The Over Qualified Candidate
Agency N has stuck up nannies.(I met one of their nannies several years ago when I applied for the position with her then nanny family-the nanny told me that if I wanted to be taken seriously I needed to give myself a "makeover" of sorts, such as my resume, email address and appearance. She said she knew, because she had been a nanny for several years and placed with the best agency who doesn't take just anyone. Last year, that nanny became the new nanny for a family that left the childcare center where I work. We passed each other in the hall, and I believe she remembered me from several years ago, as the look on her face said it all. Yes, there is a thing such as constructive criticism, but what she gave me was far from that.) When I think of that nanny, I wonder exactly how she is a nanny, when she speaks to complete strangers like they are beneath her? I shudder as to how she treats children. According to the agency's website, she gives a testimonial about how she has preferential treatment from the agency and how every interview she has had, she is offered the position. Really? Talk about scary.
Agency P has an owner who is a flake. Long story short, I can't see how she is an agency owner, considering she can't keep a straight story about applications and candidates. I have never met any of her nannies, yet I know if she is a flake, what can she offer for nannies?
If I don't succeed in my efforts, I will consider going back to being a nanny, or should I say transitioning from a part time to a full time nanny. The thing is, I have no desire to apply for nanny positions, and won't go through either of the agencies here in town, so I am limited to Sitter City, Care, and CL. Not the best places to find work, but what else can a gal do?
A few years ago (2) I applied for a full time nanny position from Care.com. The postion was to start in late summer/early fall, and involved caring for a 19 month old and a 10 week old. Talk about time management and needing experience with both age groups at once. As an agency owner, I would not feel comfortable placing someone young or with little experience in a position like that. I would prefer to place an older, seasoned nanny with ample experience and education. The interview: DB and I messaged each other on Care.com and set up the interview. He mentioned MB would be joining him, as well as their toddler. We met on my birthday at Starbucks, where I gathered four oversized chairs so MB would be comfortable, as she was due to deliver any day. I sat there, waiting, and this guy sat down next to me. It was DB-MB, as DB stated MB was tired, so she stayed home to rest. Understandable, and no big deal.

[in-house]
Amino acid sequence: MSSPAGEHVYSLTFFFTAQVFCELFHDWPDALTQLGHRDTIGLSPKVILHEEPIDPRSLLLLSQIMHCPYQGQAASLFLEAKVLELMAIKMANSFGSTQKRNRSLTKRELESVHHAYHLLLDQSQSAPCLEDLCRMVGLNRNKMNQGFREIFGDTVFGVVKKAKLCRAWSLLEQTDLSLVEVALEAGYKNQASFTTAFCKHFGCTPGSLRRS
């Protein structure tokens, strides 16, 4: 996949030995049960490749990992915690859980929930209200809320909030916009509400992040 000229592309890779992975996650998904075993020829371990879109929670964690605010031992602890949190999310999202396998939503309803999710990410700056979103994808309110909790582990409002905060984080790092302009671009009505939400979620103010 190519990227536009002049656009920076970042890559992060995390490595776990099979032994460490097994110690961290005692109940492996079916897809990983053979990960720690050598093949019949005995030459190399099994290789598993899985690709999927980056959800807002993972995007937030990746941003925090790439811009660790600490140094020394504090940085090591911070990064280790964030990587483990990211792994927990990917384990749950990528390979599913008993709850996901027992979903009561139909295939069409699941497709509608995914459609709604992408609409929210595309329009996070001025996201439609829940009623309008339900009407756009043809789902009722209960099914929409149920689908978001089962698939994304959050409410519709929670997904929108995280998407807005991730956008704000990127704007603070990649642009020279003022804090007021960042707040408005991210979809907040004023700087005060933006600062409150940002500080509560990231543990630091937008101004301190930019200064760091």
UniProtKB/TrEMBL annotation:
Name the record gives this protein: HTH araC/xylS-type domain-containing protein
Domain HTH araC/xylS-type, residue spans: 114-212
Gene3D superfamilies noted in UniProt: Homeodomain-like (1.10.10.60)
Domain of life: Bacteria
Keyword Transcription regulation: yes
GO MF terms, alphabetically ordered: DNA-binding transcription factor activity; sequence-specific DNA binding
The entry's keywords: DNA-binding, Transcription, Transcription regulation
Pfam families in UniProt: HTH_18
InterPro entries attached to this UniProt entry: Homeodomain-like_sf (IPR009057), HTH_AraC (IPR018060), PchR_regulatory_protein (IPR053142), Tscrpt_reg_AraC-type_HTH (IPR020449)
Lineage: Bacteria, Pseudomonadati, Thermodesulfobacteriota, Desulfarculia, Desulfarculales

We start the interview. A brief glance at my portfolio, and he hands it back to me. He then looks over my resume. "This is a great resume. I'm in HR, and this is very well written." He continues reading.
"Thank you," I respond, feeling grateful for the compliment.
He pauses, and looks at me. "I love the resume, but I have one concern. You are over qualified, and I feel like you are taking a step back from what you are currently doing".
Huh? "'Over-qualified'"? Seventeen years in the field and I have never ever heard that from anyone. And as for what I was currently doing, I was teaching in a childcare center. There really is no difference between being a teacher and a nanny, with the exception of the number of children in your care and the work environment.
I didn't know how to respond, so I said that I wasn't over qualified, but the best qualified, given my background, degree and experience, plus the fact that having children so close in age would require experience and time management skills, something that I obtained working in group childcare for so long. I also pointed out that I felt I was taking a step backward, but in a different direction, as teaching and being a nanny are similar, just have different work environments. Truthfully, I felt like ending the interview the second it started, because I felt insulted. What did he consider "qualified"?
During the remainder of the interview, he talked the position down, stating things like he couldn't grasp me being a nanny with my level of experience, why was I wasting his time interviewing with my background, and why would I lower my standards to be a nanny? He mentioned they had a nanny when they lived down south, and that their old nanny was nothing like me in terms of anything. The interview ended and I never heard from them again.
Have any of you ever dealt with a parent/interview like this? If so, how did you handle it? Were you offered the position? As an agency owner, that was a learning experience: parents need to sit down and write down what they are looking for in a nanny (age, experience, etc) with have an open heart and mind. Nannies come in all backgrounds. Just because I have the credentials that I possess, that doesn't mean I am lowering my standards. Could it be I really love my career and want to take it into a new direction? Of course.